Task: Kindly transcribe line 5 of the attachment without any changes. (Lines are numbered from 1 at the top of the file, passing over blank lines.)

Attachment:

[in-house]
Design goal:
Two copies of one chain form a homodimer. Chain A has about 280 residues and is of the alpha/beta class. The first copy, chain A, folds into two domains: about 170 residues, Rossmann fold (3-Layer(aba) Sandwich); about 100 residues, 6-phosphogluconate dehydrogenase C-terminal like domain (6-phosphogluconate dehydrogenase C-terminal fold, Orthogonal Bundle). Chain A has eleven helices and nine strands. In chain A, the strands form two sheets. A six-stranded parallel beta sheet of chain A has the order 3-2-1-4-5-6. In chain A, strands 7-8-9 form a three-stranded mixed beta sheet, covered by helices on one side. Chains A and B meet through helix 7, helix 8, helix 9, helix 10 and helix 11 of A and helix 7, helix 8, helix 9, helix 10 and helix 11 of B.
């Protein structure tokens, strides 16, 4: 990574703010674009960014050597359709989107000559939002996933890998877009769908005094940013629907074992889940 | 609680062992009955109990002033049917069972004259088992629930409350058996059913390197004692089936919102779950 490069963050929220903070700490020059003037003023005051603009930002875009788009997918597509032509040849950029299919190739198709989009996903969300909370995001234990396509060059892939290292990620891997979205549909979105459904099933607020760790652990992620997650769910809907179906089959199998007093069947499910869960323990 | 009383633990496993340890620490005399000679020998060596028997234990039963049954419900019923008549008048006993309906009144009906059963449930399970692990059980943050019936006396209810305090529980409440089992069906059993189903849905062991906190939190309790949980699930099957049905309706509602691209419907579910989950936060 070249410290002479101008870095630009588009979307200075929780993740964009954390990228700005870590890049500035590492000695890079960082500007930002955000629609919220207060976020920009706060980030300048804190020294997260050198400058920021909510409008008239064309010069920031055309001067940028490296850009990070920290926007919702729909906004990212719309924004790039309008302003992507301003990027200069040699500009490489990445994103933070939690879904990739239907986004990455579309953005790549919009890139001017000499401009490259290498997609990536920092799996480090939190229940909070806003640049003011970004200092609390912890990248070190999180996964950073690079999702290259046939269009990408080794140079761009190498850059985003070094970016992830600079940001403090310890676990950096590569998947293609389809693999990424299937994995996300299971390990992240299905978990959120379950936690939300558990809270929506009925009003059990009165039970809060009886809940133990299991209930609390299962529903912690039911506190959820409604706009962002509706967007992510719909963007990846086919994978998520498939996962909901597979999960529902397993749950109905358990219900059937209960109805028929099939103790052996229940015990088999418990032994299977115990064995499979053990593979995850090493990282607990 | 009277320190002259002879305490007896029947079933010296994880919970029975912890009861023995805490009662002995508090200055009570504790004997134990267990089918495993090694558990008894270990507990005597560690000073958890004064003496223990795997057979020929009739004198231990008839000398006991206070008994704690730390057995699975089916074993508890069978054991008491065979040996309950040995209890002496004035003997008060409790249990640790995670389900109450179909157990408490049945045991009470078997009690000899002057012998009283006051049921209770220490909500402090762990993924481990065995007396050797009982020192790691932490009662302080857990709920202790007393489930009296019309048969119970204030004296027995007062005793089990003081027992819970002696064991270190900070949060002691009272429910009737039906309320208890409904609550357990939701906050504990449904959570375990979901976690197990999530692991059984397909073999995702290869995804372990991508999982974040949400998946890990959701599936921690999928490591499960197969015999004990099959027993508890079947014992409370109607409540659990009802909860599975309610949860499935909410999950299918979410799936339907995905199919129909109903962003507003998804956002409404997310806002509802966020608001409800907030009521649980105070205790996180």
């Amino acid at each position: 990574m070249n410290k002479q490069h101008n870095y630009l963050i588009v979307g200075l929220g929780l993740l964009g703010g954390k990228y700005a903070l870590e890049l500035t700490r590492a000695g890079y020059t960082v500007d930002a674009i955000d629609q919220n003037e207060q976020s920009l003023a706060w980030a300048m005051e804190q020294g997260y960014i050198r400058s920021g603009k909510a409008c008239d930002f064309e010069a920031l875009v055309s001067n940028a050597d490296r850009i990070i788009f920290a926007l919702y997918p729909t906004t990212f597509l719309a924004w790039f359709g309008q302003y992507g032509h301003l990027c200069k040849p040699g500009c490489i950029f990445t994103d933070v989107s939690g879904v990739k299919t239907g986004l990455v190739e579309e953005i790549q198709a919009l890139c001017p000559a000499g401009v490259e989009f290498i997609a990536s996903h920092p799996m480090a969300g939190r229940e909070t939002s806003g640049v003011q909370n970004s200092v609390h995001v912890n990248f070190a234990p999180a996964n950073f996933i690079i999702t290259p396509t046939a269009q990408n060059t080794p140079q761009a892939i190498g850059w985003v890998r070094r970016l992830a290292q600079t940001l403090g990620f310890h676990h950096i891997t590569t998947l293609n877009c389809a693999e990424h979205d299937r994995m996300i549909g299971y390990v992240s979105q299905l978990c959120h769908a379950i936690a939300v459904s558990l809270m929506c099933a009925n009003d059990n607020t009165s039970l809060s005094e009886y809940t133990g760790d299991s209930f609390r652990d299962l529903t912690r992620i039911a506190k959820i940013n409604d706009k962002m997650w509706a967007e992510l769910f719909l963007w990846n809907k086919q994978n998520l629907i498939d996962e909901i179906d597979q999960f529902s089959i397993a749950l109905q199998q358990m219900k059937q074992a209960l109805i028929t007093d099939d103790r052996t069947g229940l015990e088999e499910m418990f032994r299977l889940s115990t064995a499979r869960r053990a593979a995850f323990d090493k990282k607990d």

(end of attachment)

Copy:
């Amino acid at each position: 990574m070249n410290k002479q490069h101008n870095y630009l963050i588009v979307g200075l929220g929780l993740l964009g703010g954390k990228y700005a903070l870590e890049l500035t700490r590492a000695g890079y020059t960082v500007d930002a674009i955000d629609q919220n003037e207060q976020s920009l003023a706060w980030a300048m005051e804190q020294g997260y960014i050198r400058s920021g603009k909510a409008c008239d930002f064309e010069a920031l875009v055309s001067n940028a050597d490296r850009i990070i788009f920290a926007l919702y997918p729909t906004t990212f597509l719309a924004w790039f359709g309008q302003y992507g032509h301003l990027c200069k040849p040699g500009c490489i950029f990445t994103d933070v989107s939690g879904v990739k299919t239907g986004l990455v190739e579309e953005i790549q198709a919009l890139c001017p000559a000499g401009v490259e989009f290498i997609a990536s996903h920092p799996m480090a969300g939190r229940e909070t939002s806003g640049v003011q909370n970004s200092v609390h995001v912890n990248f070190a234990p999180a996964n950073f996933i690079i999702t290259p396509t046939a269009q990408n060059t080794p140079q761009a892939i190498g850059w985003v890998r070094r970016l992830a290292q600079t940001l403090g990620f310890h676990h950096i891997t590569t998947l293609n877009c389809a693999e990424h979205d299937r994995m996300i549909g299971y390990v992240s979105q299905l978990c959120h769908a379950i936690a939300v459904s558990l809270m929506c099933a009925n009003d059990n607020t009165s039970l809060s005094e009886y809940t133990g760790d299991s209930f609390r652990d299962l529903t912690r992620i039911a506190k959820i940013n409604d706009k962002m997650w509706a967007e992510l769910f719909l963007w990846n809907k086919q994978n998520l629907i498939d996962e909901i179906d597979q999960f529902s089959i397993a749950l109905q199998q358990m219900k059937q074992a209960l109805i028929t007093d099939d103790r052996t069947g229940l015990e088999e499910m418990f032994r299977l889940s115990t064995a499979r869960r053990a593979a995850f323990d090493k990282k607990d």